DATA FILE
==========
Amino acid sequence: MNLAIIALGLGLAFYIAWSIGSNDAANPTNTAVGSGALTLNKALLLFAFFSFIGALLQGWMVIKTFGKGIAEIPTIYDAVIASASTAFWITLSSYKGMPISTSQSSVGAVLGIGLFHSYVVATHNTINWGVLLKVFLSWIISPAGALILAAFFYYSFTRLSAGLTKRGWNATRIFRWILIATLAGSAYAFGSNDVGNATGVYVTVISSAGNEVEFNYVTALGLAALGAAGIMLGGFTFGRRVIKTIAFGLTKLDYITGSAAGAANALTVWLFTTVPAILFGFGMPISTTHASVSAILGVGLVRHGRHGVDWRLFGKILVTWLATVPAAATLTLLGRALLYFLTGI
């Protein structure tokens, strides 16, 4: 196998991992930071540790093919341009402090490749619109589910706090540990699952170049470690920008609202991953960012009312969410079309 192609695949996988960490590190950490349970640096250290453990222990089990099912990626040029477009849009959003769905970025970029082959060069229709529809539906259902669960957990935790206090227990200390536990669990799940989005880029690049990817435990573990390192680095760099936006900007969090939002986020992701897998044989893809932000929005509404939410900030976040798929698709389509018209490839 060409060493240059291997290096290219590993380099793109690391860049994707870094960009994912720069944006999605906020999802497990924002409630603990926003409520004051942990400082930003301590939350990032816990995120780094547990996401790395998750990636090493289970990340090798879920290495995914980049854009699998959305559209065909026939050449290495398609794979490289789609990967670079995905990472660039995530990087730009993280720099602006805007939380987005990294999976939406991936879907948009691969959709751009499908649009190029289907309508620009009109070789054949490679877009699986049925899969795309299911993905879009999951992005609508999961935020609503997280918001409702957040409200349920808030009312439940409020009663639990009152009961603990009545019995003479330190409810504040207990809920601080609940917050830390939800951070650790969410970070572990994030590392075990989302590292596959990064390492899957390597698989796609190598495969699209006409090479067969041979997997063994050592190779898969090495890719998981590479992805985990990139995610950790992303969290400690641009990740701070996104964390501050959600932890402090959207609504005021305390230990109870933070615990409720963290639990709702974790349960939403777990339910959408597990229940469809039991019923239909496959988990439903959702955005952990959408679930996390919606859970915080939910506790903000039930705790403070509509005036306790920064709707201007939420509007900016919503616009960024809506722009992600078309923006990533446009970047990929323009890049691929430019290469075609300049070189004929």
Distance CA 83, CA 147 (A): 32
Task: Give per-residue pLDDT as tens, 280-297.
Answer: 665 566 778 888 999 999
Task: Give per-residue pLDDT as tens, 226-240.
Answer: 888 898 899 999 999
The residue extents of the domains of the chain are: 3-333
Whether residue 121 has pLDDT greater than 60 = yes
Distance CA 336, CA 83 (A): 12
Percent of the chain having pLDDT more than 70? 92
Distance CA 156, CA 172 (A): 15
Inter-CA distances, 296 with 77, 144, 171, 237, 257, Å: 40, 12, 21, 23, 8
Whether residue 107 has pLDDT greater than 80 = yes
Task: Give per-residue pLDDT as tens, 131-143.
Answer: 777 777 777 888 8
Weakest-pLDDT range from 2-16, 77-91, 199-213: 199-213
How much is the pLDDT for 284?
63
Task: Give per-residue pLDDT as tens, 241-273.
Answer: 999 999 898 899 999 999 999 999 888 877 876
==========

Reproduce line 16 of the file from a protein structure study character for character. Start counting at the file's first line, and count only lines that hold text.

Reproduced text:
Answer: 777 777 777 888 8